The Western philosophical tradition is deeply indebted to Socrates. The question “how to live?” Has rightly been called “the Socratic question.” The method of Socrates, which consits questioning his interlocutors, has often been regarded as a paradigmatic form of philosophical inquiry, and his own life as an embodiment of the philosophical life.

But all agree often find the intellectualism of Socrates disappointing. Complaints against Socratic intellectualism are numerous. Indeed, Socrates ignores or neglects, or at least greatly underestimates the importance of emotional desire, the desire in the heart of human nature, being too concerned about the intellect.

Socrates and Evil: Ignorance and Knowledge

In the Protagoras, Plato, Socrates expresses intellectualism that characterizes (352 c). Here is an excerpt in which Socrates defends the good derived from a knowledge of the idea of ​​the Good:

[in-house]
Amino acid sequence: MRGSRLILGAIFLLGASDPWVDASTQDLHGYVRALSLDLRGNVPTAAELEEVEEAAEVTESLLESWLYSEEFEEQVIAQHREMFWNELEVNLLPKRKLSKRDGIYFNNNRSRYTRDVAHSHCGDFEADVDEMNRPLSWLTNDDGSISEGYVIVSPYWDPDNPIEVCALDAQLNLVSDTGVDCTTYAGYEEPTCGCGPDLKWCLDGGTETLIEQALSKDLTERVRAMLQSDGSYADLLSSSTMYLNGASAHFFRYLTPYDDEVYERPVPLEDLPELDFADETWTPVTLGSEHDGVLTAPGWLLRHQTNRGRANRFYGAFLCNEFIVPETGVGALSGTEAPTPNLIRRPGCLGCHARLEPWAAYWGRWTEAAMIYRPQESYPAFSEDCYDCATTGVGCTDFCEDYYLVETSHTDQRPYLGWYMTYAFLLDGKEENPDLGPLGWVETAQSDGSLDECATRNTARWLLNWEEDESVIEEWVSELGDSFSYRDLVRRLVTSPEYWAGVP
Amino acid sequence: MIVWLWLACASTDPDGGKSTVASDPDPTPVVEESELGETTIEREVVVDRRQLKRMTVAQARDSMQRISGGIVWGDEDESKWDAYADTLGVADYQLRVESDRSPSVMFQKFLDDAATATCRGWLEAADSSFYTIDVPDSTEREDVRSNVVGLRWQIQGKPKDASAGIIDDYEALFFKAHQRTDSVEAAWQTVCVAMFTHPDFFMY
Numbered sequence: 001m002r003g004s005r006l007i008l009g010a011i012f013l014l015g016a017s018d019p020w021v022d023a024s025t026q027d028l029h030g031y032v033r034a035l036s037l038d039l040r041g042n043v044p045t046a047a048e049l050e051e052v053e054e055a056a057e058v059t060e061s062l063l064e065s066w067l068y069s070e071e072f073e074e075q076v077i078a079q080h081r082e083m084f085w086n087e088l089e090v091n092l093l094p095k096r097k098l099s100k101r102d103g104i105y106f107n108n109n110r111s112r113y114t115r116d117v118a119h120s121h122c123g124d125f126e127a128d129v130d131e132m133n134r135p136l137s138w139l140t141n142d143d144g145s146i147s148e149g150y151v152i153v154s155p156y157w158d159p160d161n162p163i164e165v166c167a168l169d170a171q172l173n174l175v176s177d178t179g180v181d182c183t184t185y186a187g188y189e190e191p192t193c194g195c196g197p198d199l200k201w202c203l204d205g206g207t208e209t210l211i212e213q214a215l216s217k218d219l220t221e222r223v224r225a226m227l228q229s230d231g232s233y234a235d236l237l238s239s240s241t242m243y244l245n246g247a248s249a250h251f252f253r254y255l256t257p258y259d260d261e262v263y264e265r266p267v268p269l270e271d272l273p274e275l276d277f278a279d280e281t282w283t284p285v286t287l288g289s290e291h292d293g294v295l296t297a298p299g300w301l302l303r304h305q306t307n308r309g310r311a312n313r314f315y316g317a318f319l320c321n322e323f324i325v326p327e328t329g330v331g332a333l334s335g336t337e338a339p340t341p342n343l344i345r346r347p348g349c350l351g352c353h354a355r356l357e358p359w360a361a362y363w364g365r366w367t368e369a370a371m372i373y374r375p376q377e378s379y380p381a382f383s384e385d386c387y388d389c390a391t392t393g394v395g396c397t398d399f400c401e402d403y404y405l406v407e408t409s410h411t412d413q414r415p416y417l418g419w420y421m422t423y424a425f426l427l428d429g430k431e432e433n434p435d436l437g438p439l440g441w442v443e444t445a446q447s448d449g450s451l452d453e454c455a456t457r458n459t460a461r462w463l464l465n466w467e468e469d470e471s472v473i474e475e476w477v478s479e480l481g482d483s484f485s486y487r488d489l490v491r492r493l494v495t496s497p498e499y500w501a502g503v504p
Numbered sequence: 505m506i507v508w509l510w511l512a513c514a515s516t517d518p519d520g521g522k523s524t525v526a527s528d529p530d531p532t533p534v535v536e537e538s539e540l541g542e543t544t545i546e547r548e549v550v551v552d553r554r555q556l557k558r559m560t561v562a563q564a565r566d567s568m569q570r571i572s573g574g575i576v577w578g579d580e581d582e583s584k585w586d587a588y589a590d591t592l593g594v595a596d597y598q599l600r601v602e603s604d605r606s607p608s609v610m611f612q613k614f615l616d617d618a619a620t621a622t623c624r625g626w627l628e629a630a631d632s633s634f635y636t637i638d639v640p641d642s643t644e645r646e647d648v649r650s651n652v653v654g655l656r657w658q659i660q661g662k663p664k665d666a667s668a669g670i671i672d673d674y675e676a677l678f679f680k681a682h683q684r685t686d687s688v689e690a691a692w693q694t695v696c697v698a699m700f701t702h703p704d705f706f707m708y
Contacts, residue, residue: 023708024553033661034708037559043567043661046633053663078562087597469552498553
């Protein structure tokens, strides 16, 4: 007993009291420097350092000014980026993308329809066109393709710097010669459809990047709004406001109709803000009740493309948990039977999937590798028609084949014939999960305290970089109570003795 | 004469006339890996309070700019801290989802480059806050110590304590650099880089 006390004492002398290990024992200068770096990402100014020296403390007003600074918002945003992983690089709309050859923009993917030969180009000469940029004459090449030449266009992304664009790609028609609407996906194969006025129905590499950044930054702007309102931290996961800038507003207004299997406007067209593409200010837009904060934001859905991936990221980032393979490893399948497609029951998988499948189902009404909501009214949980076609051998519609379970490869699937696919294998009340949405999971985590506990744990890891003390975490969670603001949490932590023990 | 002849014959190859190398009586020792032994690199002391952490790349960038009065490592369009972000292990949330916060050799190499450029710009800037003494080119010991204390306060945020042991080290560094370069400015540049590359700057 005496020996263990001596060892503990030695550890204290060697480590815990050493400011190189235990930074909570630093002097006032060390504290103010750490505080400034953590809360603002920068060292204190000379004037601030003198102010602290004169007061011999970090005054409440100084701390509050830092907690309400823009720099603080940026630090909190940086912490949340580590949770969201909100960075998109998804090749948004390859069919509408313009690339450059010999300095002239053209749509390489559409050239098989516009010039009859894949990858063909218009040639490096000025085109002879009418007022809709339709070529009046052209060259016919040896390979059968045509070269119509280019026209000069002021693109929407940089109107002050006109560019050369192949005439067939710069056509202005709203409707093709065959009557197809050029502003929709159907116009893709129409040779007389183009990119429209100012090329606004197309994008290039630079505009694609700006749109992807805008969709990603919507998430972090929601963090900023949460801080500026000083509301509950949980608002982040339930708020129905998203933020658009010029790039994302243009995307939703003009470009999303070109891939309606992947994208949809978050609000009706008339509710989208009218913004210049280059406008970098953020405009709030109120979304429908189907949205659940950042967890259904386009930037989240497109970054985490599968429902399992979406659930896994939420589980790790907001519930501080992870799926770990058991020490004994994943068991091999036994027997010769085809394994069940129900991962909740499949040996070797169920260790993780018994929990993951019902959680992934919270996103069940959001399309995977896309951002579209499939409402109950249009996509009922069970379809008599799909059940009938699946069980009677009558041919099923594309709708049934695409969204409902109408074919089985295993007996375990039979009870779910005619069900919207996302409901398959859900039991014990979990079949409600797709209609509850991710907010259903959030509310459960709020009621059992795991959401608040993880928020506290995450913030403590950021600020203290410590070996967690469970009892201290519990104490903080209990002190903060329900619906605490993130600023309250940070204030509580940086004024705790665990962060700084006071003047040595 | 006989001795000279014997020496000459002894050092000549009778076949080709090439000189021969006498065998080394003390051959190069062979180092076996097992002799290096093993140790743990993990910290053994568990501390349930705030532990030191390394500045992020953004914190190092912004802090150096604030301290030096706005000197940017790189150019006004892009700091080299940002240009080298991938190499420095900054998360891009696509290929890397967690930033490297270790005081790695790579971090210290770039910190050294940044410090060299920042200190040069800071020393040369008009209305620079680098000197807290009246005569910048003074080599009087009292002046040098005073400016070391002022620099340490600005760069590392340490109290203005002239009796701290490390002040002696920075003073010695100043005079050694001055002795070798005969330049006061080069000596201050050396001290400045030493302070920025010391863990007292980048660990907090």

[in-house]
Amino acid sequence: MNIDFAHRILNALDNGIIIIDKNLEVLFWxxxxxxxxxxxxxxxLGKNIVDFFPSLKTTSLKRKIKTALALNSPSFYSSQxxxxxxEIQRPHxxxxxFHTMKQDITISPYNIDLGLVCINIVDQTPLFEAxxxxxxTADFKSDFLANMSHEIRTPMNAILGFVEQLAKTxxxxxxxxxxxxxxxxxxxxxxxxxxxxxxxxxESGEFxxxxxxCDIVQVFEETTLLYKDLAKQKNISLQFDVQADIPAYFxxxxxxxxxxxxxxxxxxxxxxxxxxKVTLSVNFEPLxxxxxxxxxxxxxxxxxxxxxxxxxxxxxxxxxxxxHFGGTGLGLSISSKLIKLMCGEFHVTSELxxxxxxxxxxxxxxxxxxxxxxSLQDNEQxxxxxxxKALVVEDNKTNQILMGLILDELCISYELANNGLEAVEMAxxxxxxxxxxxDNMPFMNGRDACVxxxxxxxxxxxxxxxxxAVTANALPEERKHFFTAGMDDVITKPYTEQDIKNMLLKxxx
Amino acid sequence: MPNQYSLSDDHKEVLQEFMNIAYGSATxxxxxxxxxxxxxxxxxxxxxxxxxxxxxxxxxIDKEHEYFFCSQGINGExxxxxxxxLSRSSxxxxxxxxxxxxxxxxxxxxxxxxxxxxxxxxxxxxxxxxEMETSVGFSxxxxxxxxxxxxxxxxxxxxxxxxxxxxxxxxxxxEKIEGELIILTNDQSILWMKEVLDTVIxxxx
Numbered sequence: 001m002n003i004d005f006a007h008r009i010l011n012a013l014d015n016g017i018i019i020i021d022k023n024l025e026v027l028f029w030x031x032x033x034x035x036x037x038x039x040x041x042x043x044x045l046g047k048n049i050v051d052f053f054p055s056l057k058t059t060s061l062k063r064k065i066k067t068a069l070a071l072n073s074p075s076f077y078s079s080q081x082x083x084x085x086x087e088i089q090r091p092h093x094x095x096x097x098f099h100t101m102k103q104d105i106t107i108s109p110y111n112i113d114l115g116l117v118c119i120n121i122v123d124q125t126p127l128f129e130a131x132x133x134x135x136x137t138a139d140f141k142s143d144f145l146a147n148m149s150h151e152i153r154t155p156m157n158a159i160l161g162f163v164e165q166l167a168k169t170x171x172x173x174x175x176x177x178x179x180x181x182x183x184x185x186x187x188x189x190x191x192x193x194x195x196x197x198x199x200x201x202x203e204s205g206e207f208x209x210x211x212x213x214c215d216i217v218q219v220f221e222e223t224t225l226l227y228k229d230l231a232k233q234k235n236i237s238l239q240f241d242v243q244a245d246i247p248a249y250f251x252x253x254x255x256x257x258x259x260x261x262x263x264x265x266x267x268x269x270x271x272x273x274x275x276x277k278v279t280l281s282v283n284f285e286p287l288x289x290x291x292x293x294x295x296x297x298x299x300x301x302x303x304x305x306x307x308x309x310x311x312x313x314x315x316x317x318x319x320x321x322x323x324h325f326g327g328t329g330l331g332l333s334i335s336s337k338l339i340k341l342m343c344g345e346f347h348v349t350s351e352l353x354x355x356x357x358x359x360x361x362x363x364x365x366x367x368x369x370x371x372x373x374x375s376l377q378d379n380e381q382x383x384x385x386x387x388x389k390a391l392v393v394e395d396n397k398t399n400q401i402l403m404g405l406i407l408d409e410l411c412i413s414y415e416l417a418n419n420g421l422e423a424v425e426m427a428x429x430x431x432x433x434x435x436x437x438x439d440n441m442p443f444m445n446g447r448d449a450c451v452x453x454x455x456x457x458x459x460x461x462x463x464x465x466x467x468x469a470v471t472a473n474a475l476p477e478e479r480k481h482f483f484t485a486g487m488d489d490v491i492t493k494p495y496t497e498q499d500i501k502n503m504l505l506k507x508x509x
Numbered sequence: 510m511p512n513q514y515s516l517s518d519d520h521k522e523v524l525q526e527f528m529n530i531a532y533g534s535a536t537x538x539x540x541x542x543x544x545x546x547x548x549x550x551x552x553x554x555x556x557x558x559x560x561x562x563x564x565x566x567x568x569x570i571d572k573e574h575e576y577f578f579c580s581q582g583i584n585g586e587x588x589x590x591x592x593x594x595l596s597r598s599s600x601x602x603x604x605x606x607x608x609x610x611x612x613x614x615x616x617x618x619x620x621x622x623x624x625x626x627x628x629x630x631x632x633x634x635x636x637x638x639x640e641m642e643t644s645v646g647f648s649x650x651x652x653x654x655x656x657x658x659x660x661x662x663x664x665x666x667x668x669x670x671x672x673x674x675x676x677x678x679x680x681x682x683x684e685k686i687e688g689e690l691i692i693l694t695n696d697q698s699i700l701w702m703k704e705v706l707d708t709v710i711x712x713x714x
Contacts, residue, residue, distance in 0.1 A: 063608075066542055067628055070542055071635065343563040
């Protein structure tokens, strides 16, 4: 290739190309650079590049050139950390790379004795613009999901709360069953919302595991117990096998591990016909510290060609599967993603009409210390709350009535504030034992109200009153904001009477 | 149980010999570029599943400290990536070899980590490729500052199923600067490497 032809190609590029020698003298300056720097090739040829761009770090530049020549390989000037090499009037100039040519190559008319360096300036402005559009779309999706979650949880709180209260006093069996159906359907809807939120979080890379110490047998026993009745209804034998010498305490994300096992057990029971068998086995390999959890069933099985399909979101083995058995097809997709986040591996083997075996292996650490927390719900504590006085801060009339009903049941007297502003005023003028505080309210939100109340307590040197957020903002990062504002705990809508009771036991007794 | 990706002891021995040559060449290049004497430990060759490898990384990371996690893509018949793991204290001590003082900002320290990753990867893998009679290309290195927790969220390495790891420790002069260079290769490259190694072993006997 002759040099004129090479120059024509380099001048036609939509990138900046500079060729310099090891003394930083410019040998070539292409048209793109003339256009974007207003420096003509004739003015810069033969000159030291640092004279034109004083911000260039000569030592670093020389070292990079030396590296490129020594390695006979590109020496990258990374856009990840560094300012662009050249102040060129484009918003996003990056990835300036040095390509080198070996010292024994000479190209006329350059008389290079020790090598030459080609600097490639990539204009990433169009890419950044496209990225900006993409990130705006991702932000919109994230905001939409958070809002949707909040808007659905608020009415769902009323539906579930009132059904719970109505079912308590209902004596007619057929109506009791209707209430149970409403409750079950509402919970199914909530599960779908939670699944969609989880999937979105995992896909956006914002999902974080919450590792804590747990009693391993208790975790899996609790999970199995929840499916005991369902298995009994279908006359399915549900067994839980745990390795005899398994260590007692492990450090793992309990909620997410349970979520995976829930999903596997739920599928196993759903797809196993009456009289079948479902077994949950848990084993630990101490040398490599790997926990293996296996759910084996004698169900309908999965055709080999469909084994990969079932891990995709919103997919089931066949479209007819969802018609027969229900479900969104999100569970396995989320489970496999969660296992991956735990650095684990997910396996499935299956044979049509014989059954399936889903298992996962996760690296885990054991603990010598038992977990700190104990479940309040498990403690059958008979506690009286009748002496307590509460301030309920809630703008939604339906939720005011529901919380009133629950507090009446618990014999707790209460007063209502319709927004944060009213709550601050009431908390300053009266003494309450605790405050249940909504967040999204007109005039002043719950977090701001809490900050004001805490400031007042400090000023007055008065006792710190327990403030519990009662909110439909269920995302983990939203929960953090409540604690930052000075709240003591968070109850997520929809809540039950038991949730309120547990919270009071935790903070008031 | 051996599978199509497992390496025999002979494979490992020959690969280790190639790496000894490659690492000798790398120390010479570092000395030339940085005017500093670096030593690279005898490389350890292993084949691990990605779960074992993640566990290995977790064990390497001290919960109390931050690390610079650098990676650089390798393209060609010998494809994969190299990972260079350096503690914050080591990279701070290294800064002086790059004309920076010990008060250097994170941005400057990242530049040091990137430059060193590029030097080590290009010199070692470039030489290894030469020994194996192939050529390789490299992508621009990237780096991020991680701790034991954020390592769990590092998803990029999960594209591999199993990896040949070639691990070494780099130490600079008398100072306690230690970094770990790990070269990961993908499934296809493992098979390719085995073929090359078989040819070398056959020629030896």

“For me, I’m pretty sure that, among philosophers, there is not one who thinks that a man sins willfully and voluntarily make shameful and evil actions, they all know the contrary, that all who actions are shameful and wrong to do so involuntarily, and Simonides does not say he rented the man who deliberately does not commit evil but to himself he brings the word deliberately, because he thought that a good man will often force a witness to others of friendship and esteem. For example, we may suffer from strange processes from a mother, a father of his country, other people that affect us too closely. In this case, the bad guys look the malignancy of their parents or from their homeland with a sort of joy, spread it with malice or make complaints, to take shelter reproaches and outrages that deserve their negligence, they come in and to exaggerate their subjects of complaint, and grow to hate their enmity forced volunteers. The people of the contrary throw a veil over the wrongs of their own and force them to speak well, and if the injustice of their parents or homeland arouses in them a fit of rage, they calm down themselves and reconcile with them, forcing himself to love and to speak well.